Distributed Wind Energy Generation

Antonio Colmenar-Santos, Ph.D., Enrique Rosales-Asensio, Ph.D. and David Borge-Diez, Ph.D. (Editors)

Series: Renewable Energy: Research, Development and Policies
BISAC: SCI024000

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Volume 10

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Special issue: Resilience in breaking the cycle of children’s environmental health disparities
Edited by I Leslie Rubin, Robert J Geller, Abby Mutic, Benjamin A Gitterman, Nathan Mutic, Wayne Garfinkel, Claire D Coles, Kurt Martinuzzi, and Joav Merrick

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European efforts to fight climate change, to improve the security of energy supply, and to drive innovation and competitiveness in the next decade will make distributed generation (DG) develop and grow considerably. DG growth is an integral component of a new vision of an effective and highly responsive “European Smart Grid” in which the actions of all stakeholders are fully integrated. However, there are a number of existing barriers that prevent the spread of DG in the European market. These barriers range from simple commercial issues, such as the fact that the energy produced is currently not cost-effective in comparison to the electricity generated on a large scale, to complex regulatory reforms. In this book, several comparisons are made regarding different solutions already adopted in European countries for low power distributed generation, thereby providing possible solutions to the budding energy situation in Europe, as well as an overview of trends and growth forecasts for distributed generation and smart grid (SG) projects. Since several processes working with solar energy are available, a study to know which technology is more suitable considering the primary energy consumption and economy is necessary.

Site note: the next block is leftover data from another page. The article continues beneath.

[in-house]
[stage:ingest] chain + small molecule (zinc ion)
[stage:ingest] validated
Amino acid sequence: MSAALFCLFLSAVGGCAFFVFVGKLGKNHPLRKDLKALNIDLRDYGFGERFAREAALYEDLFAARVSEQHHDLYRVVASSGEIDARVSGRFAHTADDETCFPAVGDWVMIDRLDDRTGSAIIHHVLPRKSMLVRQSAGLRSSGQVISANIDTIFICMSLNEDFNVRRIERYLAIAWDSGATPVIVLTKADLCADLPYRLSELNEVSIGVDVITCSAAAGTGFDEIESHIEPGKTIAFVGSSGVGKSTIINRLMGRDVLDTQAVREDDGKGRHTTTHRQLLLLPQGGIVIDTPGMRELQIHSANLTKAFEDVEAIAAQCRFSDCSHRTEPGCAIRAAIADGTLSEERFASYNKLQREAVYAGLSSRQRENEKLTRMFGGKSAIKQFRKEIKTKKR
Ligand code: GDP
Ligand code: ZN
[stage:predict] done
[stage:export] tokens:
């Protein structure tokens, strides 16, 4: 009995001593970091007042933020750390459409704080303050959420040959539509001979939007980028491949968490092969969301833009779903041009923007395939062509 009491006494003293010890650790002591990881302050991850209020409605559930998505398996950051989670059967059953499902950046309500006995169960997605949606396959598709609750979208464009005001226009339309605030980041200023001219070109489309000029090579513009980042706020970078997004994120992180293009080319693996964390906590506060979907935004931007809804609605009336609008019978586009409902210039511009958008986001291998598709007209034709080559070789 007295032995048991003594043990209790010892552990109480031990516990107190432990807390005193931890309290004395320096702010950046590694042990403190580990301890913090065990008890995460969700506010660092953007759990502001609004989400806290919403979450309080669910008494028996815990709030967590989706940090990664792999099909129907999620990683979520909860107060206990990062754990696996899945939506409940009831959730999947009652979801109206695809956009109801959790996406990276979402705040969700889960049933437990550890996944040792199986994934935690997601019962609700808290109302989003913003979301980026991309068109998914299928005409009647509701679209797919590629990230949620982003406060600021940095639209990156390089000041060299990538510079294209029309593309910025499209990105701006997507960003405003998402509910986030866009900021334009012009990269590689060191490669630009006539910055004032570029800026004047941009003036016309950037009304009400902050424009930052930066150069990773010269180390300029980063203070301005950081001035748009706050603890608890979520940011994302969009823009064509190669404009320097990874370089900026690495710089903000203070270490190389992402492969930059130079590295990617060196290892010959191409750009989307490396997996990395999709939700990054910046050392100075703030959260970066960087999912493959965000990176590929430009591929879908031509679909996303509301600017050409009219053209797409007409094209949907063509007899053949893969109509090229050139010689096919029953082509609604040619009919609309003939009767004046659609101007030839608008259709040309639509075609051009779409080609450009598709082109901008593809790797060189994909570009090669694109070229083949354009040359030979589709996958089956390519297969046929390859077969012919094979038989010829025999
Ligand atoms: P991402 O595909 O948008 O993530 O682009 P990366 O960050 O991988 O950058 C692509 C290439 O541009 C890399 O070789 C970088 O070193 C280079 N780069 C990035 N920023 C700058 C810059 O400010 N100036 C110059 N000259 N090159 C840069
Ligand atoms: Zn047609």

This book analyses existing wind farms to quantify and characterise the market suitable for repowering. We discuss whether repowering is a valid alternative from the point of view of feasibility to enable the continuation of the integration of wind energy in the Spanish energy mix and whether this feasibility is enough when the energy generated is charged at the electricity market price in terms of grid parity. The results support that repowering is a profitable alternative and is often even better than the construction of new wind farms under certain conditions. Finally, in this book, the problems that have motivated the development of wind control centres are presented, highlighting the Spanish case.

Preface

Chapter 1. EU Plans for Renewable Energy
(Salvador Ruiz-Romero, Rosario Gil-Ortego and Carlos de Palacio, Departamento de Ingeniería Eléctrica, Electrónica, Control, Telemática y Química Aplicada a la Ingeniería, Universidad Nacional de Educación a Distancia (UNED), Madrid, Spain)

Chapter 2. Distributed Generation Perspectives
(Salvador Ruiz-Romero, Rosario Gil-Ortego and Antonio Molina-Bonilla, Departamento de Ingeniería Eléctrica, Electrónica, Control, Telemática y Química Aplicada a la Ingeniería, Universidad Nacional de Educación a Distancia (UNED), Madrid, Spain)

Chapter 3. Urban Wind Systems
(Francisco Toja-Silva and Elio San Cristóbal-Ruiz, Departamento de Ingeniería Eléctrica, Electrónica, Control, Telemática y Química Aplicada a la Ingeniería, Universidad Nacional de Educación a Distancia (UNED), Madrid, Spain)

Chapter 4. Wind Control Centres
(Jose-Maria Gallardo-Calles, Javier Ontañón-Ruiz and Elio San Cristóbal-Ruiz, Departamento de Ingeniería Eléctrica, Electrónica, Control, Telemática y Química Aplicada a la Ingeniería, Universidad Nacional de Educación a Distancia (UNED), Madrid, Spain)

Chapter 5. Wind Repowering
(Jose-Maria Gallardo-Calles, Javier Ontañón-Ruiz and Elio San Cristóbal-Ruiz, Departamento de Ingeniería Eléctrica, Electrónica, Control, Telemática y Química Aplicada a la Ingeniería, Universidad Nacional de Educación a Distancia (UNED), Madrid, Spain)

Index

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